Skull of Catopithecus browni, an early tertiary catarrhine.
Fossil crania from quarry L-41, Fayum, Egypt, representing Catopithecus browni, a primate similar in size to callitrichids but with a catarrhine dental formula, provide the geologically earliest record of an anthropoidean skull. Catopithecus had postorbital closure developed to the stage seen in extant anthropoideans, with direct contact between zygomatic plate and maxillary tuber, isolating an anterior orbital fissure from the inferior orbital fissure. The auditory region also resembles that of later anthropoideans: The posterior carotid foramen is placed adjacent to the jugular fossa; a large promontory canal crosses the promontorium; and the annular ectotympanic is fused ventrally to the bulla. The incisors and canines show an assemblage of features found only among modern anthropoideans and adapoids. The face is characterized by a relatively deep maxilla, broad ascending wing of the premaxilla, and long nasal bones, yielding a moderate muzzle similar to that of Aegyptopithecus. The small braincase bears an anteriorly broad frontal trigon and a posteriorly developed sagittal crest. The mandibular symphysis is unfused even in mature adults. The encephalization quotient (EQ) probably falls within the range of Eocene prosimians, much lower than the EQs of Neogene anthropoideans.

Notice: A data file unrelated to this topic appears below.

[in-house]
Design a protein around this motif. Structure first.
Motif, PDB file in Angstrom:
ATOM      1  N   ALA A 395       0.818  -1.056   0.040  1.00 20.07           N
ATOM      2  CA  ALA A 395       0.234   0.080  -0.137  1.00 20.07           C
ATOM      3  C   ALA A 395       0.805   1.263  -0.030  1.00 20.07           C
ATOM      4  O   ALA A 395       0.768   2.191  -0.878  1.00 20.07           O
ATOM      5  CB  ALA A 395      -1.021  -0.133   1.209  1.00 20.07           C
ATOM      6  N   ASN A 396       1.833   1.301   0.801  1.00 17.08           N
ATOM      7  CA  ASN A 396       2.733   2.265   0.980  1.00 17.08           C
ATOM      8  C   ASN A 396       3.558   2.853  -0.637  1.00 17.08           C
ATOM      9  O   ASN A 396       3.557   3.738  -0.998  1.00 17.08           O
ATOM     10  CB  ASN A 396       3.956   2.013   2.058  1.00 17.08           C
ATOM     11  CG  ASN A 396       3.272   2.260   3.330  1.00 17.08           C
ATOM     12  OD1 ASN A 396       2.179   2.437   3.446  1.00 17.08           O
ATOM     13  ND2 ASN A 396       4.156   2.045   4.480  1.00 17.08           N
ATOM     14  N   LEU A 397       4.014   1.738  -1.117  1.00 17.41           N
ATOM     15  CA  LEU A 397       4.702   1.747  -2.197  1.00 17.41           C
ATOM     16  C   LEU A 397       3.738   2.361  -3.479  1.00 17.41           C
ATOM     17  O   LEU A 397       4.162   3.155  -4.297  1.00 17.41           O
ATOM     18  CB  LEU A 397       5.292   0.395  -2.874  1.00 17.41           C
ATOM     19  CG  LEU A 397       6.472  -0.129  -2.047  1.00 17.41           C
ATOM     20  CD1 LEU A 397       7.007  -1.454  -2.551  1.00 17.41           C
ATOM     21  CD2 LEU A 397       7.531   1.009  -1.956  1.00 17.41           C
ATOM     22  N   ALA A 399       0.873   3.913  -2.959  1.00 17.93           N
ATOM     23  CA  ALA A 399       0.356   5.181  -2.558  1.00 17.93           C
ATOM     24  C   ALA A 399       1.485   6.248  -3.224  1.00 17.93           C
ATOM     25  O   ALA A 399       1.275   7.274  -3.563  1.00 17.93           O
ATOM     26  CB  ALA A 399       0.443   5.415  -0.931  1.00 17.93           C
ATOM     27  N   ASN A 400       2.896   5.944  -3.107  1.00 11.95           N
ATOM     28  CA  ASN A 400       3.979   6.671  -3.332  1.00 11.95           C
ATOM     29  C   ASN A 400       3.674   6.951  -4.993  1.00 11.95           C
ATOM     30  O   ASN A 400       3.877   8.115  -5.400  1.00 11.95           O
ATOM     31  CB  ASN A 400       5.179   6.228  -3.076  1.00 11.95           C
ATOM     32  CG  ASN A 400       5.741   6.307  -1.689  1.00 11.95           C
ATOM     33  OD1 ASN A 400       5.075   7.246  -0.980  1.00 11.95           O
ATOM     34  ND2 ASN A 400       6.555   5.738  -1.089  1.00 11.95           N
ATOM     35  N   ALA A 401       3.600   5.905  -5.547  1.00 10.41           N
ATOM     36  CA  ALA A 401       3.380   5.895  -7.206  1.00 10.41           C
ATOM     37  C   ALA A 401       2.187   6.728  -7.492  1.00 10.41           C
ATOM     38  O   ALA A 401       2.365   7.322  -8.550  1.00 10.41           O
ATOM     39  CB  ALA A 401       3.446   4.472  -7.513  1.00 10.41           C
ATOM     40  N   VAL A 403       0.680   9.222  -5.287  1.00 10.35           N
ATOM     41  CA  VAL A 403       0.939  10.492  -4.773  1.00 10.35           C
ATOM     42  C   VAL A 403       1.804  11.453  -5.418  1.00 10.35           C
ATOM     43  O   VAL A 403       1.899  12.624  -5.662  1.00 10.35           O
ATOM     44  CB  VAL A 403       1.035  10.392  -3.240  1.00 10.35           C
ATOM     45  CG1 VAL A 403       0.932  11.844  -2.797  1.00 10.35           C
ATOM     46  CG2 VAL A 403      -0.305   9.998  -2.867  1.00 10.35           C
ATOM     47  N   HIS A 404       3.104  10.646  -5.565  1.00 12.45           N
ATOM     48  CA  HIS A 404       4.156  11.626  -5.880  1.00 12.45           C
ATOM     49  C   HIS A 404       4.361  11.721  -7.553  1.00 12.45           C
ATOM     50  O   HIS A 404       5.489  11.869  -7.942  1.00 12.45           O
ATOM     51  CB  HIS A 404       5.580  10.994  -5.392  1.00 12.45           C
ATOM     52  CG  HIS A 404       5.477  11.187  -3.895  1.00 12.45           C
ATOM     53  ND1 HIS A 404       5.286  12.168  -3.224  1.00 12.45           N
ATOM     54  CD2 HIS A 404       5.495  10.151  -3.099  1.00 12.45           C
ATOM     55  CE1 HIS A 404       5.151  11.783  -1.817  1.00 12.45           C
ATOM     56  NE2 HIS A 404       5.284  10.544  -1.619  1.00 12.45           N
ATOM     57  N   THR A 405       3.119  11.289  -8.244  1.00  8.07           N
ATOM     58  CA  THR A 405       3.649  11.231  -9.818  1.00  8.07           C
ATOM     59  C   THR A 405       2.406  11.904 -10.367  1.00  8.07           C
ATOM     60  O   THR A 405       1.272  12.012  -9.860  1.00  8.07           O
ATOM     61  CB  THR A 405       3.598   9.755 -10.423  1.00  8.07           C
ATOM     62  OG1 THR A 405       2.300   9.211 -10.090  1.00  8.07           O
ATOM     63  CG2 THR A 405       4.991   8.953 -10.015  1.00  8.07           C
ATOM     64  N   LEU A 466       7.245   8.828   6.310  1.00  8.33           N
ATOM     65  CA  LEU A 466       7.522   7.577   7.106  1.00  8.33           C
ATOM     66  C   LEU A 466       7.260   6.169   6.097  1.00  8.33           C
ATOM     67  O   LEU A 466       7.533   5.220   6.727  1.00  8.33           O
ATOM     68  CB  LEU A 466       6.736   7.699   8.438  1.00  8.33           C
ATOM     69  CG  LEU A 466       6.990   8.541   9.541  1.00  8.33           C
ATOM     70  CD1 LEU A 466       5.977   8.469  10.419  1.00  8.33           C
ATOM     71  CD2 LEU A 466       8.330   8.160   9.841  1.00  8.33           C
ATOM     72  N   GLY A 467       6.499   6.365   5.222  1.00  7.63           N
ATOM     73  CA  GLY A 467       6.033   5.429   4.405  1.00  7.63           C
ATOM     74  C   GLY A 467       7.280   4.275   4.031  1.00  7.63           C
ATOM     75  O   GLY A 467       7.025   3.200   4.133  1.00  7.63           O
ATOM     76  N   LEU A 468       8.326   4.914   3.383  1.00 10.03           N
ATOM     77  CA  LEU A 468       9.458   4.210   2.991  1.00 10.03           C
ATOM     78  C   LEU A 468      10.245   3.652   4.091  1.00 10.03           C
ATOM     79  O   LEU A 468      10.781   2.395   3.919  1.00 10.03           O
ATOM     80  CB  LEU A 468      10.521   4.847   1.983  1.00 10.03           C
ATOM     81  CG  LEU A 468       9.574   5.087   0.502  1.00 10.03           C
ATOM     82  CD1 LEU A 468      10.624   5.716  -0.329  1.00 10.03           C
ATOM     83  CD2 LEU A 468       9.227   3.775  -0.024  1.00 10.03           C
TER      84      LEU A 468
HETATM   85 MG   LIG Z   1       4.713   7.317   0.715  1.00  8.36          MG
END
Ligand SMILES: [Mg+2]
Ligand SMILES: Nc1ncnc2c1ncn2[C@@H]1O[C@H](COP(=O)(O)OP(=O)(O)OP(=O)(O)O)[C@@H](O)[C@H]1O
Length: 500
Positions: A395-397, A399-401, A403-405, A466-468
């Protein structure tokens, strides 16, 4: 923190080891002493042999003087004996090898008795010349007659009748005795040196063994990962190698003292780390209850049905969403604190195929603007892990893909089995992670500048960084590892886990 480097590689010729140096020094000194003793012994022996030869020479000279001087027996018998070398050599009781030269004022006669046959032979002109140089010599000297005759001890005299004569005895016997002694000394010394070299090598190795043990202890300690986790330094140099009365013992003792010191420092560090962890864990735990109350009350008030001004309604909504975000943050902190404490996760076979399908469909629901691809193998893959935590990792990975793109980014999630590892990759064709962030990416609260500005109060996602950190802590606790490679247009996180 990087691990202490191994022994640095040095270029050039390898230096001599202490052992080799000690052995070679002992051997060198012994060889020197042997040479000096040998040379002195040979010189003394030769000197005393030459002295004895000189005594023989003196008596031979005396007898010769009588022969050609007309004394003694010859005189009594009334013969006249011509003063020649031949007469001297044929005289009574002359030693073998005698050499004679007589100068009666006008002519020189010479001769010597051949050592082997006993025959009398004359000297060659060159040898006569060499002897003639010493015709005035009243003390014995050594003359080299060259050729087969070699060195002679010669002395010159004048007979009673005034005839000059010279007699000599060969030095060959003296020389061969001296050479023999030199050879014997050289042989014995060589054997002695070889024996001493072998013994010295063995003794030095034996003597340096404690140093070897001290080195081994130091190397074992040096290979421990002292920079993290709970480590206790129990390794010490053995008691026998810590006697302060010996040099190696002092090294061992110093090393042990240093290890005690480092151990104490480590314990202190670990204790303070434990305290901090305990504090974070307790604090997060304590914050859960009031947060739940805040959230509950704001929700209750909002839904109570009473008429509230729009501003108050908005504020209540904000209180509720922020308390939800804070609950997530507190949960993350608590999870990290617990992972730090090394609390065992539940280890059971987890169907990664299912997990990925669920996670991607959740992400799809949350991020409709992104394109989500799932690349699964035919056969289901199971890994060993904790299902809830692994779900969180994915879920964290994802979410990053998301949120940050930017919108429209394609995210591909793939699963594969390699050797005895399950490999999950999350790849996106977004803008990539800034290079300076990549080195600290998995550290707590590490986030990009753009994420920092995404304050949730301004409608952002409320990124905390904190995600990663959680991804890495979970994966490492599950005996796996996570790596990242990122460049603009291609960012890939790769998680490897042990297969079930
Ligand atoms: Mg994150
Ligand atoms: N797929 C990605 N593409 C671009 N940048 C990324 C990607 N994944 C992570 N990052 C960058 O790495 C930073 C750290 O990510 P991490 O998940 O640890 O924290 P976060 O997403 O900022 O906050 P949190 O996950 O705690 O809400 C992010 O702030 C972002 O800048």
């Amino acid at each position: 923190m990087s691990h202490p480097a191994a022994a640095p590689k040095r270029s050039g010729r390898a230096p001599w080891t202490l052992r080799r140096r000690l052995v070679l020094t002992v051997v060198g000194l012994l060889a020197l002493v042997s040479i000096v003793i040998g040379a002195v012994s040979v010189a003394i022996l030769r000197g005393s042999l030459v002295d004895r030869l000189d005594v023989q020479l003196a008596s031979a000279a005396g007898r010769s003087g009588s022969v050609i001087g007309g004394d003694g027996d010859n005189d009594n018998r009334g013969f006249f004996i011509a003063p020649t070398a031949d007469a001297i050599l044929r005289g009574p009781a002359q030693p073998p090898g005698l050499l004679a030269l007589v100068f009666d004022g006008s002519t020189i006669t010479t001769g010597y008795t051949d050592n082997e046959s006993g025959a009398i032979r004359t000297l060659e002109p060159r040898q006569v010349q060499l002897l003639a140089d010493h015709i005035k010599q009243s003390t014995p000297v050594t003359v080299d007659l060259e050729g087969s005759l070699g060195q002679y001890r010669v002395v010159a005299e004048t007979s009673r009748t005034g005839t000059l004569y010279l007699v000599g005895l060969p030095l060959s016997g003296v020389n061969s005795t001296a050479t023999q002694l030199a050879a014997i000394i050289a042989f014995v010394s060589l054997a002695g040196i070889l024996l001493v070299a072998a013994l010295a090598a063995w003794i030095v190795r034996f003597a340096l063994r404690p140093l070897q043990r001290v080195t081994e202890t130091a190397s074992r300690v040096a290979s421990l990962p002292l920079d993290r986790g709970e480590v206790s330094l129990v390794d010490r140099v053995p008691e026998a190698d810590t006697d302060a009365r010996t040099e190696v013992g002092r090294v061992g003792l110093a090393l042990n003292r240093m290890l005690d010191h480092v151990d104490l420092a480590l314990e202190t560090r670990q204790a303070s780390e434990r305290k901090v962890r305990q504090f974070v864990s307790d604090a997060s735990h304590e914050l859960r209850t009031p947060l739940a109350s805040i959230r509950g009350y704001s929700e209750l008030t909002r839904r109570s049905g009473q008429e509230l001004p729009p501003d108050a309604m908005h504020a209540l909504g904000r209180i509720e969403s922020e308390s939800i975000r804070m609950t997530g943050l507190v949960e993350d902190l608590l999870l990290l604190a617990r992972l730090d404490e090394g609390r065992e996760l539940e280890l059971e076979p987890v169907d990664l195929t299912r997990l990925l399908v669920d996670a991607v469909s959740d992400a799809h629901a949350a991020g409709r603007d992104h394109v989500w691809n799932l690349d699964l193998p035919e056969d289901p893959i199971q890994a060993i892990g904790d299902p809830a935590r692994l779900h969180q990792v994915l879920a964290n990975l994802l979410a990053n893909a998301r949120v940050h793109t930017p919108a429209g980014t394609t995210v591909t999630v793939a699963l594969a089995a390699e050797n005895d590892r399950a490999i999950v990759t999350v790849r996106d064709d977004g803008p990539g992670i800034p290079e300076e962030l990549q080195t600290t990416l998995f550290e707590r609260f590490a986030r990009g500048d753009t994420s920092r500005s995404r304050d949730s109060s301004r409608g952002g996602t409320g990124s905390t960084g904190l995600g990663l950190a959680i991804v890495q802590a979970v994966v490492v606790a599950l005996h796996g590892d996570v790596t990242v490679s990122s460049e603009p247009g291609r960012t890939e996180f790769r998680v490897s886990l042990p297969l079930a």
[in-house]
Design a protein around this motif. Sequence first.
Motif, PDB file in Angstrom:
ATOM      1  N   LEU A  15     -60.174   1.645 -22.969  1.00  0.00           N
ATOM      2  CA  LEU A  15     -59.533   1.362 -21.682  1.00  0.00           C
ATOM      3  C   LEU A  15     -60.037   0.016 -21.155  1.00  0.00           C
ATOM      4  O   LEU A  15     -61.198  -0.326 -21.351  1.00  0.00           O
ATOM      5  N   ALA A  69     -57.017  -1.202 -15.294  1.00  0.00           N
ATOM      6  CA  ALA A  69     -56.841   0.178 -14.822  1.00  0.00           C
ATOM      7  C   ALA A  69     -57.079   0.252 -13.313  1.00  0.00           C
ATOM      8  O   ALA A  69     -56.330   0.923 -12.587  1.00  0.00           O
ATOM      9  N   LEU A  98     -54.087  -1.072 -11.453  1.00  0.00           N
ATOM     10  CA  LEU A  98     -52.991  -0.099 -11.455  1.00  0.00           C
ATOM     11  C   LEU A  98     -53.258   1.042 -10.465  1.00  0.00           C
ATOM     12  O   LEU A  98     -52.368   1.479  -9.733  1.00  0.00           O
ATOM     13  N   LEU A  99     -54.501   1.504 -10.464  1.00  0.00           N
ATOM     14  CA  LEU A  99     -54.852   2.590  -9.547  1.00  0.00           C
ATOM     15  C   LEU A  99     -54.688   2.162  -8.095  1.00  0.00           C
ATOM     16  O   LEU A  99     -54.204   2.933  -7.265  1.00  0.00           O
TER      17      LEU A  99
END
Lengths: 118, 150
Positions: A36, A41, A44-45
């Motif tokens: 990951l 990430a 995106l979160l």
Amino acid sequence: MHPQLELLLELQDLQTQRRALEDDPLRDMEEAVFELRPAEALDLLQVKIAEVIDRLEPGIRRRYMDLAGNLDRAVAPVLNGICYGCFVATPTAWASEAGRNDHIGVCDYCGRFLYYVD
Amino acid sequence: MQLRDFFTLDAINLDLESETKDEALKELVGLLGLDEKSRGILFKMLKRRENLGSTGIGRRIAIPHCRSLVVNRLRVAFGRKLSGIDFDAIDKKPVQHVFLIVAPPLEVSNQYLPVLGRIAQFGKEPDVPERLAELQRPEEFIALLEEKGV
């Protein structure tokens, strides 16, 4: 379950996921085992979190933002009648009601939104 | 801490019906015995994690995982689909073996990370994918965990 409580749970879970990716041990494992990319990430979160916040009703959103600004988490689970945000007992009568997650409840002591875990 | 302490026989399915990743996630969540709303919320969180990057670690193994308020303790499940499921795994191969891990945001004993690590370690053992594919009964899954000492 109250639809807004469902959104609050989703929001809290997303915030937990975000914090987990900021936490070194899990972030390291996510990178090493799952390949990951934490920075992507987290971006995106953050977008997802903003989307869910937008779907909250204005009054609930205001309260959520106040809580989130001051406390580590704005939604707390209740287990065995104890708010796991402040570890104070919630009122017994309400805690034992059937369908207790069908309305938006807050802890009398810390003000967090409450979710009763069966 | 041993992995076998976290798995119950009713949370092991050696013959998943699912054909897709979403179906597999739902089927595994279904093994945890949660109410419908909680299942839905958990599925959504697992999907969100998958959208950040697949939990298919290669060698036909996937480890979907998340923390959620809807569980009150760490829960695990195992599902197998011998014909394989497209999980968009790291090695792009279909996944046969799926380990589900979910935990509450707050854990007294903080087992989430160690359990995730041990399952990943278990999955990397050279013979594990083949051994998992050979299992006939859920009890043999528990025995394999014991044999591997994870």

Simons, EL; Rasmussen, DT
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